Friday, March 3, 2023

"Misery" at Yellow Tree Theatre

If you're looking for an on-stage delicious thriller, that's creepy but also funny at times, and beautifully acted, look no further than Misery currently playing at Yellow Tree Theatre's cozy Osseo theater. Stephen King's 1987 novel was adapted into the popular 1990 movie, for which Kathy Bates won an Oscar. It was adapted into a play (by original screenwriter William Goldman) just ten years ago or so. It's been a long time since I've seen the movie and I don't think I ever read the book, but I knew the general gist of the story. Still, I was delightfully surprised at some of the twists and turns in the play. The tension in Yellow Tree's intimate space is palpable, and the excellent cast and creative team handily take us on this terrifying (but also fun) journey. 

In case you haven't seen the movie in a while (like me), here's the general story: author Paul Sheldon is in a car accident (or is it?) in rural Colorado, where he's been writing his latest novel. He's "rescued" by Annie, who calls herself his "number one fan" (scarier words have never been spoken). Except that Annie's fandom borders on obsession, and she lies to Paul about the conditions of the road and the phone line in order to keep him there under her control. While he's held up there, the latest in his Misery series of novels is released and Annie excitedly reads it. Until she reads the death scene of the title character, and then things take a turn. Already showing signs of abusive control towards Paul, she now forces Paul to unwrite Misery's death in a new novel, threatening to withhold pain medication and food. Things go from bad to worse, as Paul tries to escape and fails. And how this story ends... well, one good thing about having a bad memory is that you can watch something again and be surprised all over again.

Paul (Bill McCallum) and Annie (George Keller)
(photo by Tom Wallace)
#TCTheater actor John Catron turns his hand to directing here, and if this is an example of his direction work, I hope to see more of it. The story is perfectly placed, the tension slowly builds throughout, and necessary moments of dark humor punctuate the intense story. As Paul, Bill McCallum is lying in bed when the audience enters the theater and spends half of the play there, later transitioning to a wheelchair and desperately rolling himself one-armed around the space. He's so believable as this character, almost understated, until Paul reaches the end of his patience and we see what he's been holding back. George Keller is fantastic as Annie, starting off as a gleeful almost childlike woman, but with a hint of the sinister. She's flustered and funny as Annie awkwardly gushes over this man she's long loved from afar who is now in her house, then angry and abusive when things don't go her way. Makes one wonder what her life was like before this that brought her to this point. Rounding out the strong cast in the small but pivotal role of the sheriff is Valencia Proctor.

nothin' to see here sheriff (George Keller and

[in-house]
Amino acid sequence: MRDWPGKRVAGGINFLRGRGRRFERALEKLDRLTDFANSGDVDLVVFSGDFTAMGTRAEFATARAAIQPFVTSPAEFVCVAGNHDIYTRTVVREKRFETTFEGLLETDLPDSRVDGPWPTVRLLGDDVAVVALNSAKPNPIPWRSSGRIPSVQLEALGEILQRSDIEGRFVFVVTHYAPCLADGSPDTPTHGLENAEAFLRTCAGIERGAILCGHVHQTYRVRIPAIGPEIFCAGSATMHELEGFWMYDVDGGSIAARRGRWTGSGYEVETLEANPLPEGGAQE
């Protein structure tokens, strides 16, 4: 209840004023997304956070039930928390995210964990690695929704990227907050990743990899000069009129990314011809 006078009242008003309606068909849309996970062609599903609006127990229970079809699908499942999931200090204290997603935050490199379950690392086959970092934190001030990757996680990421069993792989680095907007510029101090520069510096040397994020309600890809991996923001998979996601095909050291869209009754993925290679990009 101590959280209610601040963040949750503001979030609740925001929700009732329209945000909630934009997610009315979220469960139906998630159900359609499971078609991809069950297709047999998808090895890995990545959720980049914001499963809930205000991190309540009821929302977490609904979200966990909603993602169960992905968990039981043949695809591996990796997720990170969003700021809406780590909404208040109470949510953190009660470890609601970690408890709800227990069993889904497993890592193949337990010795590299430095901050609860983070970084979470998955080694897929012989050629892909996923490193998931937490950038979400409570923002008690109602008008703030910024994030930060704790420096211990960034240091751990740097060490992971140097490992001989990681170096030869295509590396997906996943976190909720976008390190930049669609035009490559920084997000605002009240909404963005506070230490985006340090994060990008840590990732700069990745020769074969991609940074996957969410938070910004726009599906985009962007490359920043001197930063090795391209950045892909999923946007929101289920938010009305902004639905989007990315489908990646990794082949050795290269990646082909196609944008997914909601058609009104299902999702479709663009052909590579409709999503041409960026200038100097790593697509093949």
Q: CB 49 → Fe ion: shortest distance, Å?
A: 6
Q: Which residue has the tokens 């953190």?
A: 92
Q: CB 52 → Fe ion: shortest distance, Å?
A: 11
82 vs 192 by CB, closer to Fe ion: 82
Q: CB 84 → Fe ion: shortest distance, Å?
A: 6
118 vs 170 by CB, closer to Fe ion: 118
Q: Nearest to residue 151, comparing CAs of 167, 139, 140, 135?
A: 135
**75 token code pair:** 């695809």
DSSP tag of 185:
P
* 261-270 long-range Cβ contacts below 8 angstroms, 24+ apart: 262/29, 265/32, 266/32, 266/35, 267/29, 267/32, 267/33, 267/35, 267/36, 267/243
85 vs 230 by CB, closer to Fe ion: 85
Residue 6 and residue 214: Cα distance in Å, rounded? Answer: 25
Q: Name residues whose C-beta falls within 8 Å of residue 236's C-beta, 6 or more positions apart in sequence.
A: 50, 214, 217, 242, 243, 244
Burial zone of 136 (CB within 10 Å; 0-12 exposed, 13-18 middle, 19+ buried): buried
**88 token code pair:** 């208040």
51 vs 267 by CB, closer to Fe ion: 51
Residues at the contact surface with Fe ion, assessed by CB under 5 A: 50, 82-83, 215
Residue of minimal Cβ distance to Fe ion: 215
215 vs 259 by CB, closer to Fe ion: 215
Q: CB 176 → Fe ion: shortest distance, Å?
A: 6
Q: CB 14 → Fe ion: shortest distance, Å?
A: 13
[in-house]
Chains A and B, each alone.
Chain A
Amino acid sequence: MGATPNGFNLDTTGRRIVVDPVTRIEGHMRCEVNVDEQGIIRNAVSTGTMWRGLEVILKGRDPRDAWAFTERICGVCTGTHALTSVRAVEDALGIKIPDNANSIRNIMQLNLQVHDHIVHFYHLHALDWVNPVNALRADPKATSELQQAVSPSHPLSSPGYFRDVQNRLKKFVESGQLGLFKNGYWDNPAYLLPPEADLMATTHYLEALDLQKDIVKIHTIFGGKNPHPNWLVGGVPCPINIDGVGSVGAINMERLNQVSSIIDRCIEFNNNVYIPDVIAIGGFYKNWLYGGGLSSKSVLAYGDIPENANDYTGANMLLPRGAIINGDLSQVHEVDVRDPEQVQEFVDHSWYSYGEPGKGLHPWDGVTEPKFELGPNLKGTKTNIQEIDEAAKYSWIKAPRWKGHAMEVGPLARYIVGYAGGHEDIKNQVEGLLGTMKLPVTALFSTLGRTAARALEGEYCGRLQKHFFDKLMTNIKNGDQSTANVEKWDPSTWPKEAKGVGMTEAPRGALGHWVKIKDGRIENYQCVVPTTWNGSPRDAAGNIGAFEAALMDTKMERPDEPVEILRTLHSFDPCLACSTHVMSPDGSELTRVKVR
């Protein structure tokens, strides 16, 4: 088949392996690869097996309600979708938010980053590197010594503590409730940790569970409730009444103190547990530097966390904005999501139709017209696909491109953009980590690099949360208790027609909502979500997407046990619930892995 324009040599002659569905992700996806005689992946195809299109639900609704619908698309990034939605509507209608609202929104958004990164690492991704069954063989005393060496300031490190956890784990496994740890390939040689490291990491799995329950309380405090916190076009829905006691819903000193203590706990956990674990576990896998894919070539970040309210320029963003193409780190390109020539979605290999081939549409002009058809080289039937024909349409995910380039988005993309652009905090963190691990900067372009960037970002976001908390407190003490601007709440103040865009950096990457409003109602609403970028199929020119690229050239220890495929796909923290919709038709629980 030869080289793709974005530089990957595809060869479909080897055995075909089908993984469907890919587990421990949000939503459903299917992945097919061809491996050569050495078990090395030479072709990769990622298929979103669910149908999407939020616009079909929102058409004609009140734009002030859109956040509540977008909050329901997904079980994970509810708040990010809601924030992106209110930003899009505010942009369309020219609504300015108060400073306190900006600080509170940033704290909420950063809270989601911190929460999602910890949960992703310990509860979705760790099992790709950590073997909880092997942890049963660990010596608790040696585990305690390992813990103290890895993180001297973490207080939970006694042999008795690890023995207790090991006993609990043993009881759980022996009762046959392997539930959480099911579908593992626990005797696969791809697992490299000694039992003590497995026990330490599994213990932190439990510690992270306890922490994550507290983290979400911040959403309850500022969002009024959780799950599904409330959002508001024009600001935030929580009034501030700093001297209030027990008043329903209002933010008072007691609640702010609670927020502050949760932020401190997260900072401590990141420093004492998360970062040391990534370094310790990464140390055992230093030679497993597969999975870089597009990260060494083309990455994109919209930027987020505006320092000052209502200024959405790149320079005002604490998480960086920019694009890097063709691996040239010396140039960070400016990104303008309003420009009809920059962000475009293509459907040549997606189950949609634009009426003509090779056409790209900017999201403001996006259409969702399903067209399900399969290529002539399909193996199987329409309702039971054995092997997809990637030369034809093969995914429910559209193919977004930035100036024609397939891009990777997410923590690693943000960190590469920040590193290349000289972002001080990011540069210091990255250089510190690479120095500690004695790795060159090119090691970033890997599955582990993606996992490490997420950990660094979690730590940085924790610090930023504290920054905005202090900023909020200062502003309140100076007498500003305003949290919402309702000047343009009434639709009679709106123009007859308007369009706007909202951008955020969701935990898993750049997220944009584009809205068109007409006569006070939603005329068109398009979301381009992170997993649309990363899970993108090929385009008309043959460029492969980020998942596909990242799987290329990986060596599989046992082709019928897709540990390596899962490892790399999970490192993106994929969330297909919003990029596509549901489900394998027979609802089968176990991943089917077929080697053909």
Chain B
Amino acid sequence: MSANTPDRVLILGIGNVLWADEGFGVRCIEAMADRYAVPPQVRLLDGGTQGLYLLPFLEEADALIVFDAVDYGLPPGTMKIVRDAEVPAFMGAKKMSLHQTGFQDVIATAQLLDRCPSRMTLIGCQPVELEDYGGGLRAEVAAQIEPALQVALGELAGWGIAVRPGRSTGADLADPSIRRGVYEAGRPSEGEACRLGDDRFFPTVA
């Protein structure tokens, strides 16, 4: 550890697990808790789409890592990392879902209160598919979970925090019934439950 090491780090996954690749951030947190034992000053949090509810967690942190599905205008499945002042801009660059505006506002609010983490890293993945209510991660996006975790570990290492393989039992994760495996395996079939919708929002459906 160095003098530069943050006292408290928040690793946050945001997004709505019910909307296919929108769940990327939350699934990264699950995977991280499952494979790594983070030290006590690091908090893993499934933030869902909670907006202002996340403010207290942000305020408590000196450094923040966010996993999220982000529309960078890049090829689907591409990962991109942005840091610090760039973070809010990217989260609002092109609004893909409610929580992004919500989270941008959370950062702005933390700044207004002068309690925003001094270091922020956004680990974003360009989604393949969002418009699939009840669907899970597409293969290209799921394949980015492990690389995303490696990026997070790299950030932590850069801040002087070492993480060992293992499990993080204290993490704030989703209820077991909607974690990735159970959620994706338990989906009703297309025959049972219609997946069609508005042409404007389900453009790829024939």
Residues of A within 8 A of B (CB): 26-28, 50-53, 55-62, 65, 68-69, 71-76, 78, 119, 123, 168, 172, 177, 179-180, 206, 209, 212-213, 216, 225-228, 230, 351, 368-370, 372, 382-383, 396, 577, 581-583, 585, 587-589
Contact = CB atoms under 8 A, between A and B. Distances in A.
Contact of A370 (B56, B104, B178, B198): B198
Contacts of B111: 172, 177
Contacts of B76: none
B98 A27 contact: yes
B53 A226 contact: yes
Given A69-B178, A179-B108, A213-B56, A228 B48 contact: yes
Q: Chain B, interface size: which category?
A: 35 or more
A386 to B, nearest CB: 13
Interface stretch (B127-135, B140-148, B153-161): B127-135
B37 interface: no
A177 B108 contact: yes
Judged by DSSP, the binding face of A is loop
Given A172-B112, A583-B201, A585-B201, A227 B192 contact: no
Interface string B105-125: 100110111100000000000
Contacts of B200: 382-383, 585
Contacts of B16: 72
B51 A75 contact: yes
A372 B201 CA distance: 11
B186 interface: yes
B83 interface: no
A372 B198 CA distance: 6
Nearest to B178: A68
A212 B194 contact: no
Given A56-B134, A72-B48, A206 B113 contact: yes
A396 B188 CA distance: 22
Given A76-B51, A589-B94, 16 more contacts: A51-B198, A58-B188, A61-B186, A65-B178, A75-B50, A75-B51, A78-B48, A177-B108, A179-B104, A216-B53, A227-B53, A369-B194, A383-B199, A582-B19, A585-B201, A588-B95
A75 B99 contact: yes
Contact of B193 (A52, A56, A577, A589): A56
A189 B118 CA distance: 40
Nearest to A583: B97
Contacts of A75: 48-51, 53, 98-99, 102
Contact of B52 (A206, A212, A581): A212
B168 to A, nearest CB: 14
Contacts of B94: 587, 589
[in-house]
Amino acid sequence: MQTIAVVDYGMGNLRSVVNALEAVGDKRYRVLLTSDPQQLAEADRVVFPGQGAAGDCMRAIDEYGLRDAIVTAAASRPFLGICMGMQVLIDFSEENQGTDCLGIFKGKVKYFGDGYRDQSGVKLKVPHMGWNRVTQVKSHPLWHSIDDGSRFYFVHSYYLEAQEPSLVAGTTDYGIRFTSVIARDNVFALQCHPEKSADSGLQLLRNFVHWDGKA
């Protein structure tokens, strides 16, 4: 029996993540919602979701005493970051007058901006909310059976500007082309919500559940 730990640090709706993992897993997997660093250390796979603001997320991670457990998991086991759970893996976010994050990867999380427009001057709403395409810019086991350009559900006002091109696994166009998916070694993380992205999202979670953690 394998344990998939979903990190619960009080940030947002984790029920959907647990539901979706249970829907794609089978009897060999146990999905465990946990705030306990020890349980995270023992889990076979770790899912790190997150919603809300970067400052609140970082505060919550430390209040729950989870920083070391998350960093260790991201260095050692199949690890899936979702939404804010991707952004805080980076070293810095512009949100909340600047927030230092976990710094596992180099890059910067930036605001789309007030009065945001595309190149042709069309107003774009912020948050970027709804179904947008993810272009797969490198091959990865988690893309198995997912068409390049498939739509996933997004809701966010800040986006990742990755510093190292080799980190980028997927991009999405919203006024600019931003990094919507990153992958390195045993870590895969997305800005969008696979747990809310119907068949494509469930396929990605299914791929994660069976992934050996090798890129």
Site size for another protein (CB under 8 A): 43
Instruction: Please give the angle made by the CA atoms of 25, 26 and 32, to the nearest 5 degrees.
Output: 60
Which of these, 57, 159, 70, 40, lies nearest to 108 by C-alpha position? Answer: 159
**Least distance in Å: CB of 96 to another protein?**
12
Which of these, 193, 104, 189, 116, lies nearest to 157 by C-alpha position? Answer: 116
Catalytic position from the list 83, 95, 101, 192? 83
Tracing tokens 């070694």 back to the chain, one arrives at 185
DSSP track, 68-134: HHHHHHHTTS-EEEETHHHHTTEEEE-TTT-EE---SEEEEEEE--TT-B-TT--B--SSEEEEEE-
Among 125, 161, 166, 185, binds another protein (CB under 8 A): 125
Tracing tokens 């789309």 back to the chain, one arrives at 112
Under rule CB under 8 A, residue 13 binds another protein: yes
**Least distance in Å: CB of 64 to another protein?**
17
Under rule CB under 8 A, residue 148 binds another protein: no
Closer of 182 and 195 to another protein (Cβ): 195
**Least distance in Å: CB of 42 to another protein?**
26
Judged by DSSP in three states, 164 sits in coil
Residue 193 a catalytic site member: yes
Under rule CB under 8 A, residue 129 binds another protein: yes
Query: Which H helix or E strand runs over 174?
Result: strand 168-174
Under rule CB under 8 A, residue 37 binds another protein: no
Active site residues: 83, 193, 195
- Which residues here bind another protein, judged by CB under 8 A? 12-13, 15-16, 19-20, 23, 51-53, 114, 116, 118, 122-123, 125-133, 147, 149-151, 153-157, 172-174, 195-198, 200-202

Valencia Proctor, photo by Tom Wallace)
You may have heard that there were some issues with the sound system on opening weekend, but I'm happy to report that seems to have been fixed, thanks to donations and ingenuity. Between scenes music keeps things creepy, as do the sound effects. Scenic designer Justin Hooper makes the most of the small stage, with the bedroom in the center surrounded by a half wall (and even half doors), behind which we can see the rest of Annie's house, including the kitchen where she prepares Paul's food and serves a romantic (?) dinner. The lighting design helps us know where to direct our attention, with flashes of lightning and other effects amping up the tension. Paul is dressed mostly in sleepwear, and Annie's simple prairie dresses reinforce her childlike quality, hair in two braids that get more and more messy as the situation goes downhill. And kudos to fight choreographer Mike Lubke for creating some scarily realistic altercations between our two lead characters. (Sound design by Jeff Bailey, costume design by Samantha Fromm Haddow, lighting design by Kathy Maxwell.)

A fan kidnaps her favorite author and forces him to write a book to her liking - it's an appealing idea; what Game of Thrones fan doesn't want to lock George R.R. Martin in a room and make him finish what he started over 30 years ago? And I certainly have my literary character obsessions whom I never want to die (Diana Gabaldon better hire a team of bodyguards if she ever kills, or even breaks up, Claire and Jamie). But in the hands of Stephen King via William Goldman via the Yellow Tree team, these almost relatable impulses of a fan become a nightmare. But an entertaining one that's fun to be on the outside of. See Misery at Yellow Tree Theatre in Osseo now through March 12. If you want to make a night of it out in the 'burbs, dining options in Osseo are limited but nearby Maple Grove has a plethora of choices.


Join me and my fellow Twin Cities Theater Bloggers for a special event at Chanhassen Dinner Theatres! Get $20 off the ticket price for the March 4 matinee performance of the regional premiere of the super fun and heart-warming musical The Prom, and stick around after the show for a talk-back with some of the cast. Read my review of The Prom here, find more info about the event in the Facebook event here, and purchase discount tickets using code TCTB1 or by clicking on this link (discount valid for any performance through March 12).